Olympic wrestling hopeful Risako Kawai says she has chosen to focus on what she can control rather than fussing over what she has been denied by isolation necessitated by the coronavirus pandemic.
With the outbreak affecting everyone's lives, including those of athletes, Kawai has been exercising her mind, taking in knowledge that will keep her brain sharp and make her a better wrestler.
"I can't do, but I can watch," she said, explaining how she has been spending time watching videos of her opponents, researching techniques and mentally rehearsing match scenarios.
The 25-year-old, who competes in the 57-kg weight class, says she has never spent so much time away from the sport.
Kawai has not been able to spar with her training partner since Shigakkan University, her alma mater and training base in the city of Obu, Aichi Prefecture, suspended all club activities in late March.
"All I do is take in one day at a time," she says.
Four years ago, Kawai wrestled in the 63-kg event to avoid having to go up against 10-time world champion and four-time Olympic women's wrestling champion Kaori Icho at 58 kg, and claimed the gold medal in her Olympic debut in Rio.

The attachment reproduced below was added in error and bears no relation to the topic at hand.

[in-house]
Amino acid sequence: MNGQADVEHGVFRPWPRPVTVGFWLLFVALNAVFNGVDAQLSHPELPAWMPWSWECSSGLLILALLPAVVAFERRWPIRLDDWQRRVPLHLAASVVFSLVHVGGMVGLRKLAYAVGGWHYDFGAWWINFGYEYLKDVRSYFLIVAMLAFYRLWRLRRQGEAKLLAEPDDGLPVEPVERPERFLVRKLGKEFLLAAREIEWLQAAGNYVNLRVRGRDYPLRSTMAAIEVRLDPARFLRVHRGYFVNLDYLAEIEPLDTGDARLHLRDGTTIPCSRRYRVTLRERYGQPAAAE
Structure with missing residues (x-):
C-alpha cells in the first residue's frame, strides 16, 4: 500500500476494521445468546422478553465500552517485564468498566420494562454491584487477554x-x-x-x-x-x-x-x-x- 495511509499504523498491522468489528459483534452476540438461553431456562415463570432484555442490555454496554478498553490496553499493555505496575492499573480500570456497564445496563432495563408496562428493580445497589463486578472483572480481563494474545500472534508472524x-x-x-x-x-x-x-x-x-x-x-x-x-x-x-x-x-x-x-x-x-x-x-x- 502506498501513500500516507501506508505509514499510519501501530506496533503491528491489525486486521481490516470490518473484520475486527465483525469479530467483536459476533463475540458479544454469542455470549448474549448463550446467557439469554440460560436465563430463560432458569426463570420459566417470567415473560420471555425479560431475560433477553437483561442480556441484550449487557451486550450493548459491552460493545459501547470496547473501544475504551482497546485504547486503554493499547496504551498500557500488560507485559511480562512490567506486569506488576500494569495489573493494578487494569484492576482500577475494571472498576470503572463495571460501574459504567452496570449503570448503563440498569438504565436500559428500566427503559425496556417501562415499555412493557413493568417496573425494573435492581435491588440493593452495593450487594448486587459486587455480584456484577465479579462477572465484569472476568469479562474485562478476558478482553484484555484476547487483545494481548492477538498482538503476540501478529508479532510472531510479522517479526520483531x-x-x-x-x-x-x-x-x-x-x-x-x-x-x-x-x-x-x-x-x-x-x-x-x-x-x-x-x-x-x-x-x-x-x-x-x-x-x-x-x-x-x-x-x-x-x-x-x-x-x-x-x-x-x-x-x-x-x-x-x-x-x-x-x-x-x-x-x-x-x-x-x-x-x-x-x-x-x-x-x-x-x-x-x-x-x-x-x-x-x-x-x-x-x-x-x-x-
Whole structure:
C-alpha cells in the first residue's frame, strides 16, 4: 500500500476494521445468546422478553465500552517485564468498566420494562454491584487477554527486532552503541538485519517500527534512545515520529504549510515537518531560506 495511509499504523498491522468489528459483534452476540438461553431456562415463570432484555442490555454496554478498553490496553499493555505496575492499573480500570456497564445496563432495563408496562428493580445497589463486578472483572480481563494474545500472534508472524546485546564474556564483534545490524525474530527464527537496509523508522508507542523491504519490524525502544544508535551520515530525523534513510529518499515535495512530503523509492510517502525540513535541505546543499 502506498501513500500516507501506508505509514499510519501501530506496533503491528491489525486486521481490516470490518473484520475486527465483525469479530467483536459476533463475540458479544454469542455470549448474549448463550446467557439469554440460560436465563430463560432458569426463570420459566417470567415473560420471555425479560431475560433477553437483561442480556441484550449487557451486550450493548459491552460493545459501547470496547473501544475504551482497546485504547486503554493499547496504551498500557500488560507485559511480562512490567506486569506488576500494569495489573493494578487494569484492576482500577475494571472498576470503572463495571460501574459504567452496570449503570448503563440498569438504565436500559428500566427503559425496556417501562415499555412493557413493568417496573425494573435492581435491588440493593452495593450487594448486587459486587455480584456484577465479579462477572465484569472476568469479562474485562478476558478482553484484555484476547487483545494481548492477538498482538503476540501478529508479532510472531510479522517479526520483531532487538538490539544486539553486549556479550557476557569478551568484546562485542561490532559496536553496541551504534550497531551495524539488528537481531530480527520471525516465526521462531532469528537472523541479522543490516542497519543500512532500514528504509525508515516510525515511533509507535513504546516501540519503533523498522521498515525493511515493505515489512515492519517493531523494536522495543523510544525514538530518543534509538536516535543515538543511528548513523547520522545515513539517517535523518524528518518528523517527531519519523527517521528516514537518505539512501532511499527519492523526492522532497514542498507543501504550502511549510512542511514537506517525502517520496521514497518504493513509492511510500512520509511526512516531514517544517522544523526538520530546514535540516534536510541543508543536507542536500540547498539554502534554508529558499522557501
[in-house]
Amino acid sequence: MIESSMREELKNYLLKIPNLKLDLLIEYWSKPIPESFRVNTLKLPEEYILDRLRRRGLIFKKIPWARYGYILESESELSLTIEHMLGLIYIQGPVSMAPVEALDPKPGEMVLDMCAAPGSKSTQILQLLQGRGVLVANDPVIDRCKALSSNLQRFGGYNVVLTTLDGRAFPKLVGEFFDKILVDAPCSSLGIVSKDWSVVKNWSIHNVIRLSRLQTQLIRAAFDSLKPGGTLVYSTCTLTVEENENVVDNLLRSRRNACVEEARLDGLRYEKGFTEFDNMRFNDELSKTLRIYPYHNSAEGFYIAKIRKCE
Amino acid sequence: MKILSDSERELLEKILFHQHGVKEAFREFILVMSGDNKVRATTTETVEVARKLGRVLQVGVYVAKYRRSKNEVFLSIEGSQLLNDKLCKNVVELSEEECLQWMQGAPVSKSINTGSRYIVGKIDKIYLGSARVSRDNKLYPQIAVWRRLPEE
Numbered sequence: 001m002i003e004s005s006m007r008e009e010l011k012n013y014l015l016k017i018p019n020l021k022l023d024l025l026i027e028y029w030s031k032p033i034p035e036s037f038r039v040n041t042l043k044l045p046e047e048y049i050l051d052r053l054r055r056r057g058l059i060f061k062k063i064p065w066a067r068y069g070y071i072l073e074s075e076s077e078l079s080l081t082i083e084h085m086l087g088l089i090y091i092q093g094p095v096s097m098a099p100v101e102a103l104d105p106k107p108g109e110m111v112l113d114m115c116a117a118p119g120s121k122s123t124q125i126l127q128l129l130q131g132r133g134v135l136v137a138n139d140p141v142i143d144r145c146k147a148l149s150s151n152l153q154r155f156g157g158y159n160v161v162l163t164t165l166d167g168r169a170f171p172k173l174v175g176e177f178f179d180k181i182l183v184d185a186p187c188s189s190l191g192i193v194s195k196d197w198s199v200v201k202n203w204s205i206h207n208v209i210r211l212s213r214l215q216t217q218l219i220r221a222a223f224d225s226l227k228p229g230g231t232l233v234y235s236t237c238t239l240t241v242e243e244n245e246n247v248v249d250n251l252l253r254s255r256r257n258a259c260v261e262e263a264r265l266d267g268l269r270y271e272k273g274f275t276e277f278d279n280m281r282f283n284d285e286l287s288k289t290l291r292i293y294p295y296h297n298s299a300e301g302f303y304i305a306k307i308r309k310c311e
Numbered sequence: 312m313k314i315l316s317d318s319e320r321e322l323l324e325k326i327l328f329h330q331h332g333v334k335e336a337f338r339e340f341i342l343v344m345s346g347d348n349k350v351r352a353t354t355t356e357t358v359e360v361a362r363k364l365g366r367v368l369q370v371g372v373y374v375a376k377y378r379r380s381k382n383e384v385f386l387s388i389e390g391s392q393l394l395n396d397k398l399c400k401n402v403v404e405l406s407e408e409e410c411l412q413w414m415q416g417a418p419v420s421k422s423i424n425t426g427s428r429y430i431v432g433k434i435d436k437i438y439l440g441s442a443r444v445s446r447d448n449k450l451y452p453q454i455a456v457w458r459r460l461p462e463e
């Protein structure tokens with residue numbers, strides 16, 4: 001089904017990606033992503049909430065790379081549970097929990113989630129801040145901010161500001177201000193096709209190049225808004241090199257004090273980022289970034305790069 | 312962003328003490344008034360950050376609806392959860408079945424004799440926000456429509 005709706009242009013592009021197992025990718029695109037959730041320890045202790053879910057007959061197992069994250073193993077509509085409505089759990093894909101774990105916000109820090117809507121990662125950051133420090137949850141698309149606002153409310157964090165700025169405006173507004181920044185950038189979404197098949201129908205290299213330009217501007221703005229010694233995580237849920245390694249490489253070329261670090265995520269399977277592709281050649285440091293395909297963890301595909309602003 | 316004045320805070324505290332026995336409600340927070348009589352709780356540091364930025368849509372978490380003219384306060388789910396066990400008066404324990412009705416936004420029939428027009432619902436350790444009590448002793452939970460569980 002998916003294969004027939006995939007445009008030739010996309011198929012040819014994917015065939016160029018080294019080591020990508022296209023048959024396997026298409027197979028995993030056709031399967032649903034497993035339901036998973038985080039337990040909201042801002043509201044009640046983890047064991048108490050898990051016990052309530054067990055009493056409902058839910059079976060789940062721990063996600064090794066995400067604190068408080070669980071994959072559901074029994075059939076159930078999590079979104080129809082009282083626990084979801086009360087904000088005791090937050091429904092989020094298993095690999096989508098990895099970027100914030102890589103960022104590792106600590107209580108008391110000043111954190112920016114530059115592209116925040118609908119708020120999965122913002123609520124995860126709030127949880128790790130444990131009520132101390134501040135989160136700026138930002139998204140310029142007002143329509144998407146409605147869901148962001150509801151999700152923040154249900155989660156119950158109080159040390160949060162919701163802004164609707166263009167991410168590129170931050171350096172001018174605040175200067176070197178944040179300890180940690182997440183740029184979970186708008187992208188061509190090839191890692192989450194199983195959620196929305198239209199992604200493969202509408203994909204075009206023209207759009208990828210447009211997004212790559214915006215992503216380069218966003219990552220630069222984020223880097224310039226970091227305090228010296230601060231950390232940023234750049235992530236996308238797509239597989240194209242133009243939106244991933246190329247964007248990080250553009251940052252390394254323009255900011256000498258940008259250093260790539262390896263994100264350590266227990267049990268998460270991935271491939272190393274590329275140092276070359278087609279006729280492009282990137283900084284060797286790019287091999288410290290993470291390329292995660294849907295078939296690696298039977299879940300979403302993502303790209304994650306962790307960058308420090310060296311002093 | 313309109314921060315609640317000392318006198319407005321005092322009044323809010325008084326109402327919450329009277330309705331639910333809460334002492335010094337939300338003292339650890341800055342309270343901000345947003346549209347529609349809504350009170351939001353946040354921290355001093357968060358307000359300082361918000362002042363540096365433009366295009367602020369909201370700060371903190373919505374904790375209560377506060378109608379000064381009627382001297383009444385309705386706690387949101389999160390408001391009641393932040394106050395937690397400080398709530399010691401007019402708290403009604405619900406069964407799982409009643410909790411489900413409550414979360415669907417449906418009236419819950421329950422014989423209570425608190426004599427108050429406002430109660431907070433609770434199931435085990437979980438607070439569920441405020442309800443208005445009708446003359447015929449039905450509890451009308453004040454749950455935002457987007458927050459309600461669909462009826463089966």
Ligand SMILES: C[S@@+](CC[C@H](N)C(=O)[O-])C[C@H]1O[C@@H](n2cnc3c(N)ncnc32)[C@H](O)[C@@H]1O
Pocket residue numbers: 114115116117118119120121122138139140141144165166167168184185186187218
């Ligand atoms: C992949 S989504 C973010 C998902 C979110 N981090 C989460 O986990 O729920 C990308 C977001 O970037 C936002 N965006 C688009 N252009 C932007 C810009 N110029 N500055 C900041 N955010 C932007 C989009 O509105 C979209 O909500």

But for Tokyo 2020, Kawai made the bold move of stepping down a weight division and coming face-to-face with Icho in order to leave the pathway open for her sister to make it to the Olympics with her.
Risako is three years older than her sister Yukako, a 62-kg silver medalist at the 2018 world championships.
Within a six-month span from December 2018, Risako fought Icho four times. She secured her place at the Tokyo Games at last year's worlds along with Yukako, who finished third in the 62 kg and met the qualification standard set by the Japan Wrestling Federation.
At the Asian Wrestling Championships held in India in February, both Risako and Yukako clinched the continental title in their respective weights and made clear it is their wish to deliver a repeat performance at the Tokyo Olympics.
But a month after they put a bow on what was to be the final tune-up before the Olympics came the announcement that the games would be postponed for a year because of the global health emergency.
"There was a part of me that wasn't ready for the news," Risako said. "But I switched gears and decided to think that I've been given more personal time so that means more time to get better."
Kawai, who is staying fit by running and doing strength training, overcame one of Japan's greatest-ever Olympians in Icho. Now, her task is to beat each and every challenge the coronavirus pandemic puts in her path.
Luckily, her sister will be right there with her to help navigate the unexpectedly extended road to their home games.
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